Ichiyusai Kuniteru II (1829 - 1874) Bando Kakitsu and Bando Hikosaburo in A Kabuki Play, 1865. Oban Diptych.
Click here for a full-size image.
This diptych by Kuniteru II is simply delightful. It shows two of the great kabuki stars of the time performing at the Ichimura theatre in Edo in 1865. The title of the play is lost, but the composition of this fine print is compelling.
Bando Hikosaburo V was an outstanding actor, able to play any number of roles. His forte were the great traditional roles originally designed for the puppet theatre (bunraku). He was really the premiere star of the first half of the Meiji era, had a strong artistic influence on Onoe Kikugoro V, the future star of the second half of the Meiji era. He unfortunately died too early, at the age of 45. His rivalry with Nakamura Shikan IV was one of the hottest in kabuki history: "So nearly matched in ability were Shikan and Hikosaburô, with but two years' difference in their ages, that they were pitted against each other, and their patrons often indulged in fights over them." By contrast, Bando Kakitsu I was a Meiji actor specialising in male roles, who excelled in gentler acting styles, taking roles that suited his mild approach. He was also the last impresario of the Ichimura theatre.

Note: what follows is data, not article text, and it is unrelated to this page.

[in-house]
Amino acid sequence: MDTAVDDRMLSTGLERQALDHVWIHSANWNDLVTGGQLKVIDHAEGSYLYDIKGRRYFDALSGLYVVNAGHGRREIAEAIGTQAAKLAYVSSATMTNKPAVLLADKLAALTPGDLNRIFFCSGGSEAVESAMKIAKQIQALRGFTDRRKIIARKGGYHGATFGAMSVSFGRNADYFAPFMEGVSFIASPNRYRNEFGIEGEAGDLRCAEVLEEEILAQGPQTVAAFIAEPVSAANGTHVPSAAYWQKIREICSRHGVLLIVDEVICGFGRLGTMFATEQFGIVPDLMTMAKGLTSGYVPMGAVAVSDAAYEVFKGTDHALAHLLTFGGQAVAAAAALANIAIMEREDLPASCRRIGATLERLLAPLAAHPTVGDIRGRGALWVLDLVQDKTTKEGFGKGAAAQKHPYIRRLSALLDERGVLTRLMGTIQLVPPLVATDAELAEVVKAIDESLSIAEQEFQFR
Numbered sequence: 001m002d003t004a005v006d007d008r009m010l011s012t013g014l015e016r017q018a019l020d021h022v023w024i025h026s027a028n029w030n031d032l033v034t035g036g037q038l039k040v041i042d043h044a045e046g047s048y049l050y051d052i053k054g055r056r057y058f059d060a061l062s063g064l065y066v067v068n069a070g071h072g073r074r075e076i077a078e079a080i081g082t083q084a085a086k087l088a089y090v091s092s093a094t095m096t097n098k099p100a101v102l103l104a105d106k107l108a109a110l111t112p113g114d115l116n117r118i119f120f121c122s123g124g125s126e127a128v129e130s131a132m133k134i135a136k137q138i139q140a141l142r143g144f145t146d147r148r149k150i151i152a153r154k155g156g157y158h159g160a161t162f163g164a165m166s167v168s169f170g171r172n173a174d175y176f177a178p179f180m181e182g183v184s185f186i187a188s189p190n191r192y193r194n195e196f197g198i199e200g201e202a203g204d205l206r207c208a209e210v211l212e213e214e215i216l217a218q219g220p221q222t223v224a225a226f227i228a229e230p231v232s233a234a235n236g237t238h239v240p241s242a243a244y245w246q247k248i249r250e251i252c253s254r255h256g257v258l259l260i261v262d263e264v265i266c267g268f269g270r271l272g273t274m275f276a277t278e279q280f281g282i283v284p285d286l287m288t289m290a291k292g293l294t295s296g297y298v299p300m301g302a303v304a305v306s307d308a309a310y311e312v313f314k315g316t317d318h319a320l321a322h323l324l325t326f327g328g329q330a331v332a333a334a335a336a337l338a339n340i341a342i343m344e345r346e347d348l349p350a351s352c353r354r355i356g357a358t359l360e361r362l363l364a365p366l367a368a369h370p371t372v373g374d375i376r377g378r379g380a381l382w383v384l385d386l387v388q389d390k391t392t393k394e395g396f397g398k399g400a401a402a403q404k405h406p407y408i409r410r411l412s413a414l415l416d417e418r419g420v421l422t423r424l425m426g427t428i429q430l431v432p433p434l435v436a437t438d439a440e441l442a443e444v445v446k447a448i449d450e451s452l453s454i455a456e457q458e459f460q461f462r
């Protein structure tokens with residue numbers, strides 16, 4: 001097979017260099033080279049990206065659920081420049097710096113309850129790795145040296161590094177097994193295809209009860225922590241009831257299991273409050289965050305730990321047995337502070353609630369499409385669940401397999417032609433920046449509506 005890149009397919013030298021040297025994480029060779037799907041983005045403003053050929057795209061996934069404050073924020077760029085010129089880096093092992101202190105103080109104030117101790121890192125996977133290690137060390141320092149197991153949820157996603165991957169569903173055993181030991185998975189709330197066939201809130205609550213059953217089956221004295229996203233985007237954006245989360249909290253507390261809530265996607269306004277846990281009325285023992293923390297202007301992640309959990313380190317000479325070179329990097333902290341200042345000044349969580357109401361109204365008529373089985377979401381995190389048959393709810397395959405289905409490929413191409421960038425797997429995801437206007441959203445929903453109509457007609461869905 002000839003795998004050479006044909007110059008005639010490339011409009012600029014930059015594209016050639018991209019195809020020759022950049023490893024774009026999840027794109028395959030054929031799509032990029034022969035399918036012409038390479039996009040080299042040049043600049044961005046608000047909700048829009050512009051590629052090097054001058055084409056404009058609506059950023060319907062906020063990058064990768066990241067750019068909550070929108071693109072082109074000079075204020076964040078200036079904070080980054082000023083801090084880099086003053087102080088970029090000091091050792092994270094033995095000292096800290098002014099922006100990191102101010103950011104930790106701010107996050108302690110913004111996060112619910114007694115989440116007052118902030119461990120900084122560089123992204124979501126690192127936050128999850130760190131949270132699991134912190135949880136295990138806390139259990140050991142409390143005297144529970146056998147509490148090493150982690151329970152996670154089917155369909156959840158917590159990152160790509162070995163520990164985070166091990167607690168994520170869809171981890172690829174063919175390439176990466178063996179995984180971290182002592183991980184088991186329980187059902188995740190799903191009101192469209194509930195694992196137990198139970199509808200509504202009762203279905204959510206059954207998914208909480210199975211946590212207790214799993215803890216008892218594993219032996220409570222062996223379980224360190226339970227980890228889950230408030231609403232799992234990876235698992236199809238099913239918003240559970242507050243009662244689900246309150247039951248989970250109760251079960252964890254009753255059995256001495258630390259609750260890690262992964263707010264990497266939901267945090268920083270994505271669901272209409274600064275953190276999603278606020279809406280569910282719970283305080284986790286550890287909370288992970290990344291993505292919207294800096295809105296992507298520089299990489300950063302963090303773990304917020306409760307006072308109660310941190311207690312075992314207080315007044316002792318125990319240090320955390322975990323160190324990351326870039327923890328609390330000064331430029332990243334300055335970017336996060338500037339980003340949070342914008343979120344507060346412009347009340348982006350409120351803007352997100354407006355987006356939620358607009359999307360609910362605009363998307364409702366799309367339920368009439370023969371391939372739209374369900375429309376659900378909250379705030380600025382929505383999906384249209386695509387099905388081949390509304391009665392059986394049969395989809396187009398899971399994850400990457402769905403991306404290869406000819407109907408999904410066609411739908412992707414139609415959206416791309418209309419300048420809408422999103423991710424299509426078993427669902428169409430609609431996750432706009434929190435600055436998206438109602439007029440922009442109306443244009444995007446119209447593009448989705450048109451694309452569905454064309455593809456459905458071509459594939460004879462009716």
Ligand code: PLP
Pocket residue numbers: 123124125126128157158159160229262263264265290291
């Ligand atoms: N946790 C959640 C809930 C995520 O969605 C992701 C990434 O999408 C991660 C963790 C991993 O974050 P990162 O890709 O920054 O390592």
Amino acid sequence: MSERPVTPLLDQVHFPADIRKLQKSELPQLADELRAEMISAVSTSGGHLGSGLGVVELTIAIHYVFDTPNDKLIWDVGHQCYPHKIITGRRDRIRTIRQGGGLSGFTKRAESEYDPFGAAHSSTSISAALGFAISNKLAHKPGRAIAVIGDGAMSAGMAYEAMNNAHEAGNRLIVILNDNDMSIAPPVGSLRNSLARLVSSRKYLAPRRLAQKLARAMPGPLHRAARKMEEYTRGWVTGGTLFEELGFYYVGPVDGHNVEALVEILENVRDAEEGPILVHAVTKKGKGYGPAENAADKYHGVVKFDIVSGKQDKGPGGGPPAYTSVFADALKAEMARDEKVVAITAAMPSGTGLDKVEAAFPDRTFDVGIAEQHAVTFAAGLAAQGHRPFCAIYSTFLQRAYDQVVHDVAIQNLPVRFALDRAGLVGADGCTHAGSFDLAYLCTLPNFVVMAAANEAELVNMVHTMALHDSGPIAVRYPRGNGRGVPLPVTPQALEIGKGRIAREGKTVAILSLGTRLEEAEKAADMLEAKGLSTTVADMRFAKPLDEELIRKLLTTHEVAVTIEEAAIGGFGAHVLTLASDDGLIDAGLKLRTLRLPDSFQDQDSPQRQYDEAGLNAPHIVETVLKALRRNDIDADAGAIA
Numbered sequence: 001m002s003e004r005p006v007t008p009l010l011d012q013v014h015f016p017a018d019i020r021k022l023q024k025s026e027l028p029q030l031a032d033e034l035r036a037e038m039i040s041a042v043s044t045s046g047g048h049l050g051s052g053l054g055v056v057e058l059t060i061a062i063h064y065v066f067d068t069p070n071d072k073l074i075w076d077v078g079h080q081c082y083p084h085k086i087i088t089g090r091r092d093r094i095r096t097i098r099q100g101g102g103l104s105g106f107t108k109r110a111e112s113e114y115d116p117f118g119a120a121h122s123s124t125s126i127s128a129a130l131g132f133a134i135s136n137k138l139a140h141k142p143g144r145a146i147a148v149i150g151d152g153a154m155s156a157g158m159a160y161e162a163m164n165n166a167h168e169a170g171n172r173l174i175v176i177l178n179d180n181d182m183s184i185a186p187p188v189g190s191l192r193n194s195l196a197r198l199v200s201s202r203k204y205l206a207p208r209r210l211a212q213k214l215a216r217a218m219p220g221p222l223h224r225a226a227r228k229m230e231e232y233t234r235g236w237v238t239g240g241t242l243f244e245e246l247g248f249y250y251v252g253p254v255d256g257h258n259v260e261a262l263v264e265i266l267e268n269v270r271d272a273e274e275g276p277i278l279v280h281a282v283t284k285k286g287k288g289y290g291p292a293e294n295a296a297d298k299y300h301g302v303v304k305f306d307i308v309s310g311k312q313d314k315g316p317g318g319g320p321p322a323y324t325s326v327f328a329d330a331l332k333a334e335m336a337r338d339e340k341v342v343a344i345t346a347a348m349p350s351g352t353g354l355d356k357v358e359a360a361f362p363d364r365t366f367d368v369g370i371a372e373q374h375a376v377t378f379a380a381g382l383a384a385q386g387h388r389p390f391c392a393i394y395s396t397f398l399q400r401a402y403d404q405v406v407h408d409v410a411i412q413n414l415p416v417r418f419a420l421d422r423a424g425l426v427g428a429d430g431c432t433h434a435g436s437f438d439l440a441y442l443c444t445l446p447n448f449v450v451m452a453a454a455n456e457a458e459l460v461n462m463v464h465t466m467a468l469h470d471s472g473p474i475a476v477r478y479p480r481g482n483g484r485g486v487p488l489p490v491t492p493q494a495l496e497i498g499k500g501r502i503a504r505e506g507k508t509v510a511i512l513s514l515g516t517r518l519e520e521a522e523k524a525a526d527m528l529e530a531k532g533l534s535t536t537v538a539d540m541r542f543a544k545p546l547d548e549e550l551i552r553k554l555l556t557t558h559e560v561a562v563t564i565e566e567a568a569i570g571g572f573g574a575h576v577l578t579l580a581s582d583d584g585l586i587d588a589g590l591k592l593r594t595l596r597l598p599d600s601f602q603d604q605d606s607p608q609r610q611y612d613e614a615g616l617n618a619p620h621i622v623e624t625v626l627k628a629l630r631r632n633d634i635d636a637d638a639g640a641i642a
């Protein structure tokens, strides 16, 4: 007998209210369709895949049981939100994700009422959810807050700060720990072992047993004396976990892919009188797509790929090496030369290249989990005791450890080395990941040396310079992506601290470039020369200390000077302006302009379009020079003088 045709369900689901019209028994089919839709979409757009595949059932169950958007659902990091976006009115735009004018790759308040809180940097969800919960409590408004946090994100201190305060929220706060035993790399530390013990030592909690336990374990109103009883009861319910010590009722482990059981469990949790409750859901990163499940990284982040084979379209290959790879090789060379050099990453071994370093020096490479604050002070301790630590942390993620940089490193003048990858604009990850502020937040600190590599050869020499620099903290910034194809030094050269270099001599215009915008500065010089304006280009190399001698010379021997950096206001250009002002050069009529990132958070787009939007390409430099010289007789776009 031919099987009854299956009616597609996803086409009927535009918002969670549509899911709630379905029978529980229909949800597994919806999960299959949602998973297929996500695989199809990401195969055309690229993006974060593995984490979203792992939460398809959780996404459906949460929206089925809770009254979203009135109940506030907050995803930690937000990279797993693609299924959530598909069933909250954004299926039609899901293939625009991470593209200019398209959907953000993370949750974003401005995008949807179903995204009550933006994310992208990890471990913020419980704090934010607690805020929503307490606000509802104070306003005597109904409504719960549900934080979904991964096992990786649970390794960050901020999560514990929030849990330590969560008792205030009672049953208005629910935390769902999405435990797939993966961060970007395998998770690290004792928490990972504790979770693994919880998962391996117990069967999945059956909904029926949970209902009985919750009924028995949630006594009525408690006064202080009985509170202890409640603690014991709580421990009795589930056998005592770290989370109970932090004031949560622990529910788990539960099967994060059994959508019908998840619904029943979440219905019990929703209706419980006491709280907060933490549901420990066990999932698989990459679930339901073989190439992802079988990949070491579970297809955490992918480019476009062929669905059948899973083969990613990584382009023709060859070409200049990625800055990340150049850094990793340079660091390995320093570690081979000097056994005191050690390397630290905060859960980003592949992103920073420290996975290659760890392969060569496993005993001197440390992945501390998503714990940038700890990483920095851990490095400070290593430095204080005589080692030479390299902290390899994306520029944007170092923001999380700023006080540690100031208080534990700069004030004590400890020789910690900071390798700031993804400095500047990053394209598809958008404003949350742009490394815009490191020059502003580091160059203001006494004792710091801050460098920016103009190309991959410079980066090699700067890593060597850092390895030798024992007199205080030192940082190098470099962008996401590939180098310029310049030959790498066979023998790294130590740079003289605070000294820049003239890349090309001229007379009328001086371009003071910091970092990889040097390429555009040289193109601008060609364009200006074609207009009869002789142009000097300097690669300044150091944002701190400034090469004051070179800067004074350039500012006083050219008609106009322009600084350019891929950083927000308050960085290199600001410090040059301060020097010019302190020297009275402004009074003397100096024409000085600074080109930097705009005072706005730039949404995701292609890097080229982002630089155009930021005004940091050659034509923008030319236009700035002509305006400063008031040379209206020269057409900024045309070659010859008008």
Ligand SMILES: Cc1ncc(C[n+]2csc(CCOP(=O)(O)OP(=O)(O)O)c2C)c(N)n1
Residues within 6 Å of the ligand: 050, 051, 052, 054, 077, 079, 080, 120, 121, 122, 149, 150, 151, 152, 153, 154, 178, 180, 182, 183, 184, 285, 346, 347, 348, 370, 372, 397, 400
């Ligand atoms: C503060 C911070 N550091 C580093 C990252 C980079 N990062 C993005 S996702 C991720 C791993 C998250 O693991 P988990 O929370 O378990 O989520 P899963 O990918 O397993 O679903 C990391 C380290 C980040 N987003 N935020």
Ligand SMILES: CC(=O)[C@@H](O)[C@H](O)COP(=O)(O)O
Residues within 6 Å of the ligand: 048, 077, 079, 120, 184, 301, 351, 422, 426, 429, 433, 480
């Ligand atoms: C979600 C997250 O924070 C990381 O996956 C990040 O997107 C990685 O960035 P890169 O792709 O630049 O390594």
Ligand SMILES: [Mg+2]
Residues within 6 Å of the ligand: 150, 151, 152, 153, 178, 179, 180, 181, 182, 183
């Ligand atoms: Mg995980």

A fine print, very much in the spirit and style of Kunichika and of their mutual teacher Kunisada. Kuniteru II was to modify, and effectively modernise his style as the Meiji era took shape, his later works becoming wholly westernised. Kuniteru is one of those artists whose feet were in the Edo and whose later style was quite definitely in the new and western influenced, modern world.
Colour, condition and impression are all fine.
51 x 37 cm.